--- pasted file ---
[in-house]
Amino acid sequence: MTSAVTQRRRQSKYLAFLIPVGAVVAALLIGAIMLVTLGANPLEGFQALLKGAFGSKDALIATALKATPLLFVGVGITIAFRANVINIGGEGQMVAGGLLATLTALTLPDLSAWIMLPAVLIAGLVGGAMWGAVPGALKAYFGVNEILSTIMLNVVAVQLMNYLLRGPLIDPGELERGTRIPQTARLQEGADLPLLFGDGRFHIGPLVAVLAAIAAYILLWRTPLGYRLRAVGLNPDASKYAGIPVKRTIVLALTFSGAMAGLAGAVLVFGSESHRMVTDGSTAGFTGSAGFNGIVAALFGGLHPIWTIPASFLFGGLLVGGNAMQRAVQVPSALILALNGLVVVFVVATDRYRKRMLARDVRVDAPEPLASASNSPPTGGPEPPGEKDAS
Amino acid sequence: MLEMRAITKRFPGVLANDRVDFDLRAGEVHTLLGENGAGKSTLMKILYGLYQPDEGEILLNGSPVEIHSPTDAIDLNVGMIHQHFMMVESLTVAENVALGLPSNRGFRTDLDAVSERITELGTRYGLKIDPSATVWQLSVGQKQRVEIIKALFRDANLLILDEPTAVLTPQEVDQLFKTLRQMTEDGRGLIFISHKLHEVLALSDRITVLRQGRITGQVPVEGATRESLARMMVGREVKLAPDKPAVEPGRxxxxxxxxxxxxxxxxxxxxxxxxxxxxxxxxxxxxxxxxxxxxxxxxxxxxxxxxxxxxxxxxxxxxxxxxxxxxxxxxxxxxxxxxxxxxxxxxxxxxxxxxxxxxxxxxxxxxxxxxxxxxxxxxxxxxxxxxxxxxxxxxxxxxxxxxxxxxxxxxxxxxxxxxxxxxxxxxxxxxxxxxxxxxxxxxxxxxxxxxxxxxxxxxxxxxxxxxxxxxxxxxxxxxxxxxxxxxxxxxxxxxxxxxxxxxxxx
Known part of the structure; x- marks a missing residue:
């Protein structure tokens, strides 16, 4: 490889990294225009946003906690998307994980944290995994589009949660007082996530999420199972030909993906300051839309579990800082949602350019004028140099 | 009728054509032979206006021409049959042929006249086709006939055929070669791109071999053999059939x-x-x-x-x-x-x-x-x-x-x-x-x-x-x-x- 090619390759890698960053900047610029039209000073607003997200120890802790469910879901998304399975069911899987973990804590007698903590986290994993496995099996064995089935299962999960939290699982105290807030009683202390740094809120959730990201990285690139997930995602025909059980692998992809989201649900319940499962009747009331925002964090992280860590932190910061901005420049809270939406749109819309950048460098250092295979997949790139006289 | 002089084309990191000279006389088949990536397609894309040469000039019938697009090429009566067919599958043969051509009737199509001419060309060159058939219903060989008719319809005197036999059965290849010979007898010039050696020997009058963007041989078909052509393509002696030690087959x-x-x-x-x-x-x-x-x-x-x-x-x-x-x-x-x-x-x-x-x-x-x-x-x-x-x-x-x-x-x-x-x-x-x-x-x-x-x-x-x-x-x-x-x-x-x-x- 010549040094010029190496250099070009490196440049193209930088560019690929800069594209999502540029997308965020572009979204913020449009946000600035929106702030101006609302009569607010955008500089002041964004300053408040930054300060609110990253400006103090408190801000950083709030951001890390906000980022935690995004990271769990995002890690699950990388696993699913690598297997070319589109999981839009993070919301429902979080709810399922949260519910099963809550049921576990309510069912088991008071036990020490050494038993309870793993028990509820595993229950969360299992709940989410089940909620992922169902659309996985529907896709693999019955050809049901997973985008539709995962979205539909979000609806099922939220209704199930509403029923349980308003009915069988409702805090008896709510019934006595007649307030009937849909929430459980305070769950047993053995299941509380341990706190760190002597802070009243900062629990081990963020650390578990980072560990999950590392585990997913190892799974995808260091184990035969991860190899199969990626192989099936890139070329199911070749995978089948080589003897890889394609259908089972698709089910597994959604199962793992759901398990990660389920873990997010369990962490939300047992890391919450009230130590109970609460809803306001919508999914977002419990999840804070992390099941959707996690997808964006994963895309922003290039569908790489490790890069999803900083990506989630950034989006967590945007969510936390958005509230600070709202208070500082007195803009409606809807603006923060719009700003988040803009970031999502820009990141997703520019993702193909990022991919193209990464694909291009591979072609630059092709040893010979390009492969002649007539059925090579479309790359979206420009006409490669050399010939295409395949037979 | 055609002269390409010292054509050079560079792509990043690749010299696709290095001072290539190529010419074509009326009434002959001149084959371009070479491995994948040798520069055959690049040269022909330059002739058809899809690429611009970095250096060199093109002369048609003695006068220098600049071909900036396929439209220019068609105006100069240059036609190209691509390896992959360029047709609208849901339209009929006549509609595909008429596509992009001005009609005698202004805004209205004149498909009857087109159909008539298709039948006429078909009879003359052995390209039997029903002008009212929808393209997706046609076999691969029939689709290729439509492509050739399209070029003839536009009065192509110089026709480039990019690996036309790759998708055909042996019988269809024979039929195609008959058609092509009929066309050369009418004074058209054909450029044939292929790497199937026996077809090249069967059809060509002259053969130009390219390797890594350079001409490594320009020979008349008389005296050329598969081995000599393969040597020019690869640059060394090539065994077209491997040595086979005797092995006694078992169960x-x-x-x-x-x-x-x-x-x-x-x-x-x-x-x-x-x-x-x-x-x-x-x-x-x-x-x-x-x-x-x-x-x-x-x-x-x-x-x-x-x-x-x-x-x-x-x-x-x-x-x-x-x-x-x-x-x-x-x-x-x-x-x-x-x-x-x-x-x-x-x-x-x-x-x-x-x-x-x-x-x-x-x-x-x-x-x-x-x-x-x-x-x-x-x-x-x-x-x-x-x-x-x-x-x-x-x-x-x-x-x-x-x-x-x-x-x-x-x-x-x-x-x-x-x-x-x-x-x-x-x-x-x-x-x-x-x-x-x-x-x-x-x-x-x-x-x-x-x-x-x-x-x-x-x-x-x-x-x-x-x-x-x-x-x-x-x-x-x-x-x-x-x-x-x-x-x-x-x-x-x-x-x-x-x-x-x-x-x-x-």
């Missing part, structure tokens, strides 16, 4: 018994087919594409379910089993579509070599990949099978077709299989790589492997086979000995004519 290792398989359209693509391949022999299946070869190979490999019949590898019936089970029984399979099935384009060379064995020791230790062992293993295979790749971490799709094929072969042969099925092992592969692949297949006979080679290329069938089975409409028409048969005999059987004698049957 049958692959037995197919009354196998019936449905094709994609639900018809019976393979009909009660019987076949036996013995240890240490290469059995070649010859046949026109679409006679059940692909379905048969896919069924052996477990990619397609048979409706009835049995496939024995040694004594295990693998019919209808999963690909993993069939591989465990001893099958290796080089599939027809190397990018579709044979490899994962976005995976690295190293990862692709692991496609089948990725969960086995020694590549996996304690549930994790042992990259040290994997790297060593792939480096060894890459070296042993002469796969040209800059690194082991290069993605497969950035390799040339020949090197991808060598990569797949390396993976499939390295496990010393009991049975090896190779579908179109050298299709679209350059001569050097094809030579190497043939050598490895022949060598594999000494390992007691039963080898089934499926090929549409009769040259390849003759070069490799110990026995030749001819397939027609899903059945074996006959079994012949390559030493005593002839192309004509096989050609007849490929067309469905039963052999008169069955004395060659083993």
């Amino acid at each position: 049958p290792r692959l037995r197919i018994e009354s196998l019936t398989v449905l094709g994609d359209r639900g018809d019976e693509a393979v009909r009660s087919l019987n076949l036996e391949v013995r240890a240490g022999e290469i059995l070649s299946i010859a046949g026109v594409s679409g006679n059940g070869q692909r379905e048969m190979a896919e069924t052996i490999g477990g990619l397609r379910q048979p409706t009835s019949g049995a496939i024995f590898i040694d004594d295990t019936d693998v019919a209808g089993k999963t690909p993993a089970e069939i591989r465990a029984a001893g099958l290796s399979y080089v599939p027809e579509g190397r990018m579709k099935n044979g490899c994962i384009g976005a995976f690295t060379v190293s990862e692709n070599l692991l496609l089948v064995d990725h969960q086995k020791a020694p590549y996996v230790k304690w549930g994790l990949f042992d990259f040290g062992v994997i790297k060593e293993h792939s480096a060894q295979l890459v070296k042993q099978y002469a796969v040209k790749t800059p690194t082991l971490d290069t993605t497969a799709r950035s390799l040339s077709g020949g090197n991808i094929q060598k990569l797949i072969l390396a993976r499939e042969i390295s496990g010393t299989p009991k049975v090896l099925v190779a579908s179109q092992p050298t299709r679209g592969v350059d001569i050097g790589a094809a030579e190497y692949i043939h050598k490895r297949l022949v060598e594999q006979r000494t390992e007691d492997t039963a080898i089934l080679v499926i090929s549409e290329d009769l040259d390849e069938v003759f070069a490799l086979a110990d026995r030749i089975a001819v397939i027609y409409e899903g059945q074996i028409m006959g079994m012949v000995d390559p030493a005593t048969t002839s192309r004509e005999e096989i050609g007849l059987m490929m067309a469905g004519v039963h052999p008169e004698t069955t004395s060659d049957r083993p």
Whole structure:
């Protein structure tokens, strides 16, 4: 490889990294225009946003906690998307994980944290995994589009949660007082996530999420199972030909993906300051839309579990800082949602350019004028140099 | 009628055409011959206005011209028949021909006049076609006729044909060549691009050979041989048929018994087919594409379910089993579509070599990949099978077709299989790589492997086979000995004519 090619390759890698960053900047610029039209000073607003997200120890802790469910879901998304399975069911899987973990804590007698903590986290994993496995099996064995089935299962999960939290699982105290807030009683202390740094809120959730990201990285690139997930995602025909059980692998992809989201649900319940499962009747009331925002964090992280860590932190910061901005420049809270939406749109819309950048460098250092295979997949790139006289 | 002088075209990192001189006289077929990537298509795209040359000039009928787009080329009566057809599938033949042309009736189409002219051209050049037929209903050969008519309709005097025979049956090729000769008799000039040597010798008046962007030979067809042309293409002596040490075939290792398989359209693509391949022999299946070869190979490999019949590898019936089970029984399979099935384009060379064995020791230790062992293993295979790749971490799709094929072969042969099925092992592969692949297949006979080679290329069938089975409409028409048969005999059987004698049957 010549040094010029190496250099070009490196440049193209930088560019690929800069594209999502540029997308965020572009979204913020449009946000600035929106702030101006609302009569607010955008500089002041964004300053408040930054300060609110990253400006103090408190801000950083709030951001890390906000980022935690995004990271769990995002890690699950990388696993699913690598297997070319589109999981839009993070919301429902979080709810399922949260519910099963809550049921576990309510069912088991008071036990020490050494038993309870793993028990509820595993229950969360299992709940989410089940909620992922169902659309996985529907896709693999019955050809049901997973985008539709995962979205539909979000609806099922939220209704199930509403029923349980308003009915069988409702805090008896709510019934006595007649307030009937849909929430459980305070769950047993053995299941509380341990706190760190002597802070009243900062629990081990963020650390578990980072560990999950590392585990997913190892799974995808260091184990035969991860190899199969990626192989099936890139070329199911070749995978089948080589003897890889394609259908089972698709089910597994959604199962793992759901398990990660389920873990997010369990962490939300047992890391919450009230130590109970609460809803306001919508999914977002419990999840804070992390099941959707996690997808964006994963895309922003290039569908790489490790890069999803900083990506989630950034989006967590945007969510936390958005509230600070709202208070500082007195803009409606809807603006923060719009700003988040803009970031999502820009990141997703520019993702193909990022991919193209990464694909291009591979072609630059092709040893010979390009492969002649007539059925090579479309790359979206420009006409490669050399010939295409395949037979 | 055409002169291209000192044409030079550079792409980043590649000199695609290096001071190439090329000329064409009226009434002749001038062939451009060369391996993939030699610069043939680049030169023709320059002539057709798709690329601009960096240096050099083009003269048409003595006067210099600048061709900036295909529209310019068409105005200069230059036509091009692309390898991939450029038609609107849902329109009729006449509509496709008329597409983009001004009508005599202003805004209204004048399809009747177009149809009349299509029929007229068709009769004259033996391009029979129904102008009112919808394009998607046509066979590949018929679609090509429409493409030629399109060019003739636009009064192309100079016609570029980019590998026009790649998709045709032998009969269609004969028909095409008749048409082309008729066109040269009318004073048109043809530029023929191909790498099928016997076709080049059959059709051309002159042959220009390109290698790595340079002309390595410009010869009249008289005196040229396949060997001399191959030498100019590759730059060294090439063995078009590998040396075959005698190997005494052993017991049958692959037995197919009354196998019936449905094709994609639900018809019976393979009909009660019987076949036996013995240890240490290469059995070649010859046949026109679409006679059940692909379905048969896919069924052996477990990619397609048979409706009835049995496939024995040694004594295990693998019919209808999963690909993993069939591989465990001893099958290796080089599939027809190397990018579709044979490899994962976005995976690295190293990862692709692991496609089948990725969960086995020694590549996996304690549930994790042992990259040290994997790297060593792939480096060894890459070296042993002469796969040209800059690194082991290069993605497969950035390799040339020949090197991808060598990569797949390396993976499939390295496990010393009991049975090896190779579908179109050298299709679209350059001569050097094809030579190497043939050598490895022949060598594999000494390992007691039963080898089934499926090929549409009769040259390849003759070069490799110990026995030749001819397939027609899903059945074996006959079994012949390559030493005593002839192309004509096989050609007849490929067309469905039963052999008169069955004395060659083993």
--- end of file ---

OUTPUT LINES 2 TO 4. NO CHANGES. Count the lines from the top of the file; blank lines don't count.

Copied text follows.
Amino acid sequence: MTSAVTQRRRQSKYLAFLIPVGAVVAALLIGAIMLVTLGANPLEGFQALLKGAFGSKDALIATALKATPLLFVGVGITIAFRANVINIGGEGQMVAGGLLATLTALTLPDLSAWIMLPAVLIAGLVGGAMWGAVPGALKAYFGVNEILSTIMLNVVAVQLMNYLLRGPLIDPGELERGTRIPQTARLQEGADLPLLFGDGRFHIGPLVAVLAAIAAYILLWRTPLGYRLRAVGLNPDASKYAGIPVKRTIVLALTFSGAMAGLAGAVLVFGSESHRMVTDGSTAGFTGSAGFNGIVAALFGGLHPIWTIPASFLFGGLLVGGNAMQRAVQVPSALILALNGLVVVFVVATDRYRKRMLARDVRVDAPEPLASASNSPPTGGPEPPGEKDAS
Amino acid sequence: MLEMRAITKRFPGVLANDRVDFDLRAGEVHTLLGENGAGKSTLMKILYGLYQPDEGEILLNGSPVEIHSPTDAIDLNVGMIHQHFMMVESLTVAENVALGLPSNRGFRTDLDAVSERITELGTRYGLKIDPSATVWQLSVGQKQRVEIIKALFRDANLLILDEPTAVLTPQEVDQLFKTLRQMTEDGRGLIFISHKLHEVLALSDRITVLRQGRITGQVPVEGATRESLARMMVGREVKLAPDKPAVEPGRxxxxxxxxxxxxxxxxxxxxxxxxxxxxxxxxxxxxxxxxxxxxxxxxxxxxxxxxxxxxxxxxxxxxxxxxxxxxxxxxxxxxxxxxxxxxxxxxxxxxxxxxxxxxxxxxxxxxxxxxxxxxxxxxxxxxxxxxxxxxxxxxxxxxxxxxxxxxxxxxxxxxxxxxxxxxxxxxxxxxxxxxxxxxxxxxxxxxxxxxxxxxxxxxxxxxxxxxxxxxxxxxxxxxxxxxxxxxxxxxxxxxxxxxxxxxxxx
Known part of the structure; x- marks a missing residue: